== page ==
Top tips from 'Top Shot' finalist

Formerly an attorney, Mike Hughes was looking for a hobby several years ago and decided to pick up shooting. It turns out, he had a knack, which viewers of the History channel’s “Top Shot” reality competition got to see in the latest season to air, which had Hughes finishing second after a rarely seen return following an initial seventh-place elimination.

The cable TV channel committed to programming on the study of past events has steadily held cable viewers’ interest with “Top Shot,” where a variety of first-class shooters compete for a $100,000 grand prize and the “Top Shot” title. Hughes, 39, beat 14 other tactical shooting instructors, military vets, homeland security agents and more, ultimately earning second place, beat in the finale by Christian camp director Dustin Ellerman.

Today Hughes owns his own company and works in the firearms industry. His company, Next Level Training, introduced its dry-fire training pistol called the SIRT last year at SHOT Show. I asked him to share some behind-the-scenes details, and an insider look at the competition, plus tips on how to not necessarily be a “Top” shot, but perhaps a better one. Hughes shares more tips and tricks on training on his company’s blog:

Top tips

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6. Diversify: The season winner, Ellerman, owns a variety of guns and shoots them regularly. Hughes thinks that was an element Ellerman’s competitive edge. “I’m trying to adopt that methodology a bit more,” he adds. “Whenever I get the chance to fire a different type of gun, I jump at it ... just to get a little bit more trigger time.”

5. Pick add ons that make sense. Hughes says there aren’t many accessories that he relies on, but there are a few good items out there that add up. For example, Rapid Adaptation Technology Grips makes kits that can hyper-customize the handle on the gun. “RAT Grips makes the most sense for your retention and forming a pistol to your grip, your hand.” He has also used a CLP from Audemous Inc., FrogLube, which is a biodegradable, non-hazardous, non-toxic and non-flammable gun cleaner, lubricant and preservative.

4. Primitive weapons like rocks, rock. Hughes says he liked the primitive tools challenges and the expert they brought on, Jack Daggert, because the fundamentals he taught—dropping your hips, shifting weight, etc.—were all good skills to learn that can be applied to any “primitive” weapon. Hughes says he likes to know that whether or not he has a gun, he can always be armed.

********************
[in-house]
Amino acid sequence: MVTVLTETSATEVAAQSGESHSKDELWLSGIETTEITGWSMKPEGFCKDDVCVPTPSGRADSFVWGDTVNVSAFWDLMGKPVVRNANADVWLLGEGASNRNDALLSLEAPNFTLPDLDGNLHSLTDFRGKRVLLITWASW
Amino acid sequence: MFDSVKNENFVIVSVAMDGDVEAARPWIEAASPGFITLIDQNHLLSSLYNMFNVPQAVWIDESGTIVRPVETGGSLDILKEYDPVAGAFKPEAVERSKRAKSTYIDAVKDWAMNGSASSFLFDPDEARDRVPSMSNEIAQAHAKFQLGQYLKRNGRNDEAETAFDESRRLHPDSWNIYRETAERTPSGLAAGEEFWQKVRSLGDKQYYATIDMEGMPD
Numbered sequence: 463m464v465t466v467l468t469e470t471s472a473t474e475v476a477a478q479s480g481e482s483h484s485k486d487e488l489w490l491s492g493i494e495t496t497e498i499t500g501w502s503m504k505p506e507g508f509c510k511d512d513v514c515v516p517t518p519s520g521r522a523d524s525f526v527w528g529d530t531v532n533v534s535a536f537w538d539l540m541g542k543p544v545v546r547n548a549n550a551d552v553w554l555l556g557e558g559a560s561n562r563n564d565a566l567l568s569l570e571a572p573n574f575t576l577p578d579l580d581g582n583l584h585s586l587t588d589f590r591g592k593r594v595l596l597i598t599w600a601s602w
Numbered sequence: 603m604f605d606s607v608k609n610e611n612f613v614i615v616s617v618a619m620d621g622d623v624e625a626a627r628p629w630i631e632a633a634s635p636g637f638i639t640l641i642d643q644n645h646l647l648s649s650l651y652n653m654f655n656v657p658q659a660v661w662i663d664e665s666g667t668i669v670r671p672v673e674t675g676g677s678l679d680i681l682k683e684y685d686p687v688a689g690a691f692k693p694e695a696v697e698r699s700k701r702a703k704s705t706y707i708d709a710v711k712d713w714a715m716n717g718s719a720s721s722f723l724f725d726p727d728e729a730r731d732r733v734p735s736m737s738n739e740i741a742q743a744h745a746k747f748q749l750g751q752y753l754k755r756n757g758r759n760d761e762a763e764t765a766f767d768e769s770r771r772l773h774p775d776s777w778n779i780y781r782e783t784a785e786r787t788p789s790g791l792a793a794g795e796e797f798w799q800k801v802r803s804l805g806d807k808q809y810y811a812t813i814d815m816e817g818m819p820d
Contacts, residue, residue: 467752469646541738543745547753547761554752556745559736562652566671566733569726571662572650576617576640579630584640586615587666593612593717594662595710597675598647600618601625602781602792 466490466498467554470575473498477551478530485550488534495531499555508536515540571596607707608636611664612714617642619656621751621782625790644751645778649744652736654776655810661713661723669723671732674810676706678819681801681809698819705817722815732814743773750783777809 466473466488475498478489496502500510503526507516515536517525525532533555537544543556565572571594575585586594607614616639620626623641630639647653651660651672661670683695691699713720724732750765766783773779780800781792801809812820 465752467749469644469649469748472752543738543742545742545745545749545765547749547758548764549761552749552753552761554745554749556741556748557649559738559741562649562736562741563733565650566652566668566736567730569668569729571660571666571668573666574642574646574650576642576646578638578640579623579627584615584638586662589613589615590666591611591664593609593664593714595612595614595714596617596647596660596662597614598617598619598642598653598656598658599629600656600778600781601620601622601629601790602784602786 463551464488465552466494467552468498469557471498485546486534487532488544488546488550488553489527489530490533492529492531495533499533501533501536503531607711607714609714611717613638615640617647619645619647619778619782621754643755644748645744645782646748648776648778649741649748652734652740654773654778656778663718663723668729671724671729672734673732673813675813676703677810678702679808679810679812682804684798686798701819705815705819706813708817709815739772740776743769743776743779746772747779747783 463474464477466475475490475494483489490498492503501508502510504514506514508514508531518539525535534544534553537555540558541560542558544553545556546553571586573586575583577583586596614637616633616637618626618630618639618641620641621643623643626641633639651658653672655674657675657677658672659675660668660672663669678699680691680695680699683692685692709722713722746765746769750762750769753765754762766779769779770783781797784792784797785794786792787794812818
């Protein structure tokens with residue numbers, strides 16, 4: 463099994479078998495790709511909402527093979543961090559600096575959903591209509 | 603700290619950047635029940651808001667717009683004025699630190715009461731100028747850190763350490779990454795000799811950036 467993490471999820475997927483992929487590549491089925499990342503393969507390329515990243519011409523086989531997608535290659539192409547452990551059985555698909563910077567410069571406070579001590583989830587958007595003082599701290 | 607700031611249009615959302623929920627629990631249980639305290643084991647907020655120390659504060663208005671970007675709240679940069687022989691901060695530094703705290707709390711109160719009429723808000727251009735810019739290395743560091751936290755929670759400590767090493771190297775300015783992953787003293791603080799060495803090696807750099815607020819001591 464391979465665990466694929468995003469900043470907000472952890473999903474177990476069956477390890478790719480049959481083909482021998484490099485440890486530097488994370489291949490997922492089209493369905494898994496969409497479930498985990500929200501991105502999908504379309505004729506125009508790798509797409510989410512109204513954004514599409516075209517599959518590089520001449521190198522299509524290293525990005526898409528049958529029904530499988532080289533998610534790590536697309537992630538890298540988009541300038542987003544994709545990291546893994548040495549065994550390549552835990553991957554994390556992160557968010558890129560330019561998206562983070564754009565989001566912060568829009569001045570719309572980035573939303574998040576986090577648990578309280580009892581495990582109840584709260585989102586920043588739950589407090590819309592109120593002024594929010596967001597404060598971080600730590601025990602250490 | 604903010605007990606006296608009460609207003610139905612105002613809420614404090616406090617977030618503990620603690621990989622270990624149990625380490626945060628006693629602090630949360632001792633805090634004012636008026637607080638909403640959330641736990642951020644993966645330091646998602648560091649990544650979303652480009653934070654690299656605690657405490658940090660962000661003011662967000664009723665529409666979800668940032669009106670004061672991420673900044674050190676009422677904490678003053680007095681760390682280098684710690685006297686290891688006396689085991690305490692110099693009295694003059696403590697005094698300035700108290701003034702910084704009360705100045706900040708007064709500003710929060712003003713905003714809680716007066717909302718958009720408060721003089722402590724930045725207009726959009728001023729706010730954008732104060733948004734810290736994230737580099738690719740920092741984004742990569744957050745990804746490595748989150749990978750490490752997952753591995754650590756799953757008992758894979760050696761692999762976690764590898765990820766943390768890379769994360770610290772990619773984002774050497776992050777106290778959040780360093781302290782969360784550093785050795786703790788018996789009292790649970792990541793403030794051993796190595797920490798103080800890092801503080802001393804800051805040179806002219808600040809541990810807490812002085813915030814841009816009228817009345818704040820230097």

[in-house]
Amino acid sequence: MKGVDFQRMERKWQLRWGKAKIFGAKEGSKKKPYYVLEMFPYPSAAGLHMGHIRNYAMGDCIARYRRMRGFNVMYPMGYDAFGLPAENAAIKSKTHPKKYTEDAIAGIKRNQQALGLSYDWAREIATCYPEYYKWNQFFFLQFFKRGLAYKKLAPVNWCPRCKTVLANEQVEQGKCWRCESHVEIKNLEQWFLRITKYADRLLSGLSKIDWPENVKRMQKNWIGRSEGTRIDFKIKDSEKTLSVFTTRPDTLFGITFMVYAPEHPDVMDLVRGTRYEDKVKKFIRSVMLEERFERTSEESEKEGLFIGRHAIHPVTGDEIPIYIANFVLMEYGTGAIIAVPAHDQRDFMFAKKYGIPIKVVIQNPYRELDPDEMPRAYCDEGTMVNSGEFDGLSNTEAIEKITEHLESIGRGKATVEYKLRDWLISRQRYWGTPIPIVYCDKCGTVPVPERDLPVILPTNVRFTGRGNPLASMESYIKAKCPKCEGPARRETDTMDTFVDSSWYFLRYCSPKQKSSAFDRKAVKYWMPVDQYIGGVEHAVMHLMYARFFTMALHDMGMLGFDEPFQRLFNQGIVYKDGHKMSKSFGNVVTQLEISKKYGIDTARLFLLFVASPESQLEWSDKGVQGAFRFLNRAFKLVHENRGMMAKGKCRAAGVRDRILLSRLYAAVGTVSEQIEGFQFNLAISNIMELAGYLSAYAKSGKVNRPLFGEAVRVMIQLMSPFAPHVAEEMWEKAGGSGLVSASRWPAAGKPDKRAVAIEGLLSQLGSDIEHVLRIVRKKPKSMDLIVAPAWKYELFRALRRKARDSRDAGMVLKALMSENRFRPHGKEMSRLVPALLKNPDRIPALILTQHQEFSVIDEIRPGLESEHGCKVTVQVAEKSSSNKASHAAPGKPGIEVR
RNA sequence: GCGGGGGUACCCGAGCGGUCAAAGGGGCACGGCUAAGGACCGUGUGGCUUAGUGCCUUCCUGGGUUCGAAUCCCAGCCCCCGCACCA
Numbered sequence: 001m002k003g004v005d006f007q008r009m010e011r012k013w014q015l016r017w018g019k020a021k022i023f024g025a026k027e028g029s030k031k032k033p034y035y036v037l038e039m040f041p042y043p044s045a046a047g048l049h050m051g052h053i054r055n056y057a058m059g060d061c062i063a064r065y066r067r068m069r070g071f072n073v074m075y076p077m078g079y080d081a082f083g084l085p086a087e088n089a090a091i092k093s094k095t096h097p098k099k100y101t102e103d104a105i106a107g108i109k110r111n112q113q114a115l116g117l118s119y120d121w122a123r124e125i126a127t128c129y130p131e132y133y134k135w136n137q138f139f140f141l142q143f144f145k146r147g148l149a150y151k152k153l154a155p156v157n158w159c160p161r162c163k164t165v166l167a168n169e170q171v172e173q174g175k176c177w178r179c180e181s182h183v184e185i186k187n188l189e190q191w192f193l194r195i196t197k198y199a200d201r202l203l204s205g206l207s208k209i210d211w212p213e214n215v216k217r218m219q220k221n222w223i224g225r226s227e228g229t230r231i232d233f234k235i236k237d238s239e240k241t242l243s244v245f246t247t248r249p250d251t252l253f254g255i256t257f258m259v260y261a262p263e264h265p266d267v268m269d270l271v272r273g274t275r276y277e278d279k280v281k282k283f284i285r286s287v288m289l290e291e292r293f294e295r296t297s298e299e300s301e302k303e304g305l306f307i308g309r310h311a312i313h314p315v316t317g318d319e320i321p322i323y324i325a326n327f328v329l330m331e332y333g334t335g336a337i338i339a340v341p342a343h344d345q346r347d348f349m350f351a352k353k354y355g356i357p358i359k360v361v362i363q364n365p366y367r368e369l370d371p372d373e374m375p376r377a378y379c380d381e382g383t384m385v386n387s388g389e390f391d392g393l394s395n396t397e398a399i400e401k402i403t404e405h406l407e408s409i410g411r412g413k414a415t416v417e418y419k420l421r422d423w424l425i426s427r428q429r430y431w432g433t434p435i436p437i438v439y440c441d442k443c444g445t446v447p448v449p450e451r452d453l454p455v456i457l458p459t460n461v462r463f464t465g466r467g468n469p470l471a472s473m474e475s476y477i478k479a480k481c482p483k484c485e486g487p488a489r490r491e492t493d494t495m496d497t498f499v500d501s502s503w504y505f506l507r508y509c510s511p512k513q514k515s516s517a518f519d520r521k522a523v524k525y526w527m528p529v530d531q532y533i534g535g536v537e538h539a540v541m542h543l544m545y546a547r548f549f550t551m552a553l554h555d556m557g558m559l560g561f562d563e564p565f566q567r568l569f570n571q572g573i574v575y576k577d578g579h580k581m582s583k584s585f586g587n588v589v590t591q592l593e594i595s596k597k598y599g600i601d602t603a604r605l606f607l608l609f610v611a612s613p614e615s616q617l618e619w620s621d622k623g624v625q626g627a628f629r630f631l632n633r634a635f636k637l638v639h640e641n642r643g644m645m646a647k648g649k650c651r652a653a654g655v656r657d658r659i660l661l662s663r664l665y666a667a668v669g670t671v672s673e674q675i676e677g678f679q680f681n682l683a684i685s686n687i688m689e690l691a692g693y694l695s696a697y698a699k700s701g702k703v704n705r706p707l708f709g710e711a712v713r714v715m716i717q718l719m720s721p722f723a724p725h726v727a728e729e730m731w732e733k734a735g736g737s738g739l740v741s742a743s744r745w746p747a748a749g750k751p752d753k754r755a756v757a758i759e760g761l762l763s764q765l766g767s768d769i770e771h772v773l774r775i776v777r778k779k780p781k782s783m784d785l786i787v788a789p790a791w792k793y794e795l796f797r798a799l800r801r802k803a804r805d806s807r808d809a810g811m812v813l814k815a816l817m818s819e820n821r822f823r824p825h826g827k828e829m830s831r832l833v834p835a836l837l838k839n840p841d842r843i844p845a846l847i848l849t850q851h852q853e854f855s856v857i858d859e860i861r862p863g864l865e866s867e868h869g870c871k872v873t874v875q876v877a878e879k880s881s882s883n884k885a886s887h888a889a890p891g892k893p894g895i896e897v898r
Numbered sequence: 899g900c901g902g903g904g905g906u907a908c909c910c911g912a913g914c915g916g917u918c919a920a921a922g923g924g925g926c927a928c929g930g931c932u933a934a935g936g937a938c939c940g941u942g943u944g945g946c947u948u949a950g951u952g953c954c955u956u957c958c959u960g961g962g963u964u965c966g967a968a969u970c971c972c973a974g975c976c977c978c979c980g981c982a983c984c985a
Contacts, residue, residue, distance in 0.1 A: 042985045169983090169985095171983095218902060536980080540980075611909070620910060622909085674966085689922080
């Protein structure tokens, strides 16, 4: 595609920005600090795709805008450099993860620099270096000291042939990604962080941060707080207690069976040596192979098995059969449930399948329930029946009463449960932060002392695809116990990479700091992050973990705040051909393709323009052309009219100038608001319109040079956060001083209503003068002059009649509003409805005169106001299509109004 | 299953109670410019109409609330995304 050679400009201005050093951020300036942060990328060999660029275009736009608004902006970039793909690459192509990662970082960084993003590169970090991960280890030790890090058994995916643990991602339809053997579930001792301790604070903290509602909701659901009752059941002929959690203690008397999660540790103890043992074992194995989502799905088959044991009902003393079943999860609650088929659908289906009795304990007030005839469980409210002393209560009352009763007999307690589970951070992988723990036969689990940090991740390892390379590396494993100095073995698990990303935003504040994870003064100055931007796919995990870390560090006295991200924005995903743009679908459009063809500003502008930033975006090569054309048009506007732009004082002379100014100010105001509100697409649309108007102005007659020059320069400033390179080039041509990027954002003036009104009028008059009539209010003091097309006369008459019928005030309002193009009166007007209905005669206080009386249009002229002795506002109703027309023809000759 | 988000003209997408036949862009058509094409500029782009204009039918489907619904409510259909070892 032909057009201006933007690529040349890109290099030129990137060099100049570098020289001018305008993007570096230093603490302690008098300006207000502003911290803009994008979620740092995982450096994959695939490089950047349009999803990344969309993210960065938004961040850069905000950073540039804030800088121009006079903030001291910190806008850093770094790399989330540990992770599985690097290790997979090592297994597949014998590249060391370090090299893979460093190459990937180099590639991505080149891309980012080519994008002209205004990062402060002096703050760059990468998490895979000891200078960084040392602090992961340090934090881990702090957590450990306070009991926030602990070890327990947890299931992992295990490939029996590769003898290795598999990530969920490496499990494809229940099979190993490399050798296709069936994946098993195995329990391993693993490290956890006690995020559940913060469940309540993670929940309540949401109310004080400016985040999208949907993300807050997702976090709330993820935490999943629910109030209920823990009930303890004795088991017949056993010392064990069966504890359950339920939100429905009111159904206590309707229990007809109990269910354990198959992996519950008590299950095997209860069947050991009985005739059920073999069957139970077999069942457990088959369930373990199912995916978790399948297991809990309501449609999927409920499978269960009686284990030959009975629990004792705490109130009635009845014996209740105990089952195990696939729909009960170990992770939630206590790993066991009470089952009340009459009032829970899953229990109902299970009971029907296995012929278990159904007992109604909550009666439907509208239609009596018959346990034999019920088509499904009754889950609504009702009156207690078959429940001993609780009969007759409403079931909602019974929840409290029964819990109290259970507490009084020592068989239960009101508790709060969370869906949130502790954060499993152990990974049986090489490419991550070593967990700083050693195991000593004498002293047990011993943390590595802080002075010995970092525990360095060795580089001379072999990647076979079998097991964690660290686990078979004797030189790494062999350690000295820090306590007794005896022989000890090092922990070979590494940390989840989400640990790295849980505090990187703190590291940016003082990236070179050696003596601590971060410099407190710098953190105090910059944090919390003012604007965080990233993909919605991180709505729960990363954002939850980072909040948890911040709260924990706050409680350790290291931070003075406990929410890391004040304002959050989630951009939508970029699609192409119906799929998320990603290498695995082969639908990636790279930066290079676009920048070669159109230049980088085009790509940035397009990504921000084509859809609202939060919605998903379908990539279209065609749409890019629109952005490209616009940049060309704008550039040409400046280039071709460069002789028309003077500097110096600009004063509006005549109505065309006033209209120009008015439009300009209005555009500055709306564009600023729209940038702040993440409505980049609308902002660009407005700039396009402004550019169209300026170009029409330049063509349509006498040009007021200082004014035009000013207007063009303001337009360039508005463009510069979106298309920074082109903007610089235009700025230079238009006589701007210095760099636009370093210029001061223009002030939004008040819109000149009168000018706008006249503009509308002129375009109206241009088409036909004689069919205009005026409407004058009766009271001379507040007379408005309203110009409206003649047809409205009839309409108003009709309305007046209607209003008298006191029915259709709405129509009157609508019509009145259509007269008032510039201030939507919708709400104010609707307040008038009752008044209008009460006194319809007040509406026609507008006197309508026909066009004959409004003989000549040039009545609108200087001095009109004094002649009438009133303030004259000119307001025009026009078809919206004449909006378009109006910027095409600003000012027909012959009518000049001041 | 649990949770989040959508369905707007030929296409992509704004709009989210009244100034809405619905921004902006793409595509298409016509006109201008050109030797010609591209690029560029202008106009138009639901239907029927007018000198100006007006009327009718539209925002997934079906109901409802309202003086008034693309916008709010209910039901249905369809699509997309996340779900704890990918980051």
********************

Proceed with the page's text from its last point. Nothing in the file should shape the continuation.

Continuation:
3. Some firearm intimacy is vital. But not in the way you might think. “A challenging thing with ‘Top Shot’ is that we don’t supply our own guns. In another type of competition where a competitor is strictly liable for the equipment, they own it, they clean it, they maintain it, they know the number of rounds through it, and so on,” Hughes explains. “Obviously that’s not the case in a competition like this. When there’s equipment failure, that’s very frustrating — particularly at times when you feel it could have been prevented.”

2. Don’t be afraid to look in the ugly mirror. Hughes says to get outside your comfort zone and shoot in all varieties of conditions. “What I like about ‘Top Shot’ is you’re thrown out of your comfort zone and doing something completely different.” He says go beyond a flat range. Shoot prone in the mud. Get muddy and see how it changes your grip and shooting.

If you only shoot the firearms, targets, ranges that you’re comfortable with and good at, they will stay the only tools and environments you’re good in.

1. Tax the fundamentals. “[It’s] about trigger control, line-of-sight alignment, snapping the eyes, really strong gross motor movements coupled with some fine motor movements,” Hughes says of the basics. Keep engaging the basics to refine, and keep response swift and “train at a high volume to make sure your live fire rounds count more.”